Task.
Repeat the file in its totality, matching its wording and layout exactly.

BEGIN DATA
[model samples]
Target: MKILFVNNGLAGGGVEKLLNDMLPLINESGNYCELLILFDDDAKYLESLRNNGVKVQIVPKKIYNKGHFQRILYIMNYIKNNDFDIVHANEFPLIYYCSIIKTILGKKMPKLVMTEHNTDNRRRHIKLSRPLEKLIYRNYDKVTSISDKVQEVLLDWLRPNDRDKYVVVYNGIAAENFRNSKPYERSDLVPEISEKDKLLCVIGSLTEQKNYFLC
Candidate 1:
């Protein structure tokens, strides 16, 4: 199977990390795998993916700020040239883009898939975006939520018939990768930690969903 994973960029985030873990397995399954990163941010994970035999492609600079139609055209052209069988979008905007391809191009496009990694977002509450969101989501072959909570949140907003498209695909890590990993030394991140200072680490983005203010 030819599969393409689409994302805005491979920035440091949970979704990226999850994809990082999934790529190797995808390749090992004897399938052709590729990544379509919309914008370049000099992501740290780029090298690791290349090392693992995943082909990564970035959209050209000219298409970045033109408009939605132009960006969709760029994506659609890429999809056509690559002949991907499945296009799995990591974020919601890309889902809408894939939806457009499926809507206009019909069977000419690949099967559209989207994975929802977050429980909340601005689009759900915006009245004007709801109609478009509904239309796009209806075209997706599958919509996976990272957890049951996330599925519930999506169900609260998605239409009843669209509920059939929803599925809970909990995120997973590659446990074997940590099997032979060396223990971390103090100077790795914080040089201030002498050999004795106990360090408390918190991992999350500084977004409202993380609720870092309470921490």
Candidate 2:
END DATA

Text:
[model samples]
Target: MKILFVNNGLAGGGVEKLLNDMLPLINESGNYCELLILFDDDAKYLESLRNNGVKVQIVPKKIYNKGHFQRILYIMNYIKNNDFDIVHANEFPLIYYCSIIKTILGKKMPKLVMTEHNTDNRRRHIKLSRPLEKLIYRNYDKVTSISDKVQEVLLDWLRPNDRDKYVVVYNGIAAENFRNSKPYERSDLVPEISEKDKLLCVIGSLTEQKNYFLC
Candidate 1:
């Protein structure tokens, strides 16, 4: 199977990390795998993916700020040239883009898939975006939520018939990768930690969903 994973960029985030873990397995399954990163941010994970035999492609600079139609055209052209069988979008905007391809191009496009990694977002509450969101989501072959909570949140907003498209695909890590990993030394991140200072680490983005203010 030819599969393409689409994302805005491979920035440091949970979704990226999850994809990082999934790529190797995808390749090992004897399938052709590729990544379509919309914008370049000099992501740290780029090298690791290349090392693992995943082909990564970035959209050209000219298409970045033109408009939605132009960006969709760029994506659609890429999809056509690559002949991907499945296009799995990591974020919601890309889902809408894939939806457009499926809507206009019909069977000419690949099967559209989207994975929802977050429980909340601005689009759900915006009245004007709801109609478009509904239309796009209806075209997706599958919509996976990272957890049951996330599925519930999506169900609260998605239409009843669209509920059939929803599925809970909990995120997973590659446990074997940590099997032979060396223990971390103090100077790795914080040089201030002498050999004795106990360090408390918190991992999350500084977004409202993380609720870092309470921490």
Candidate 2: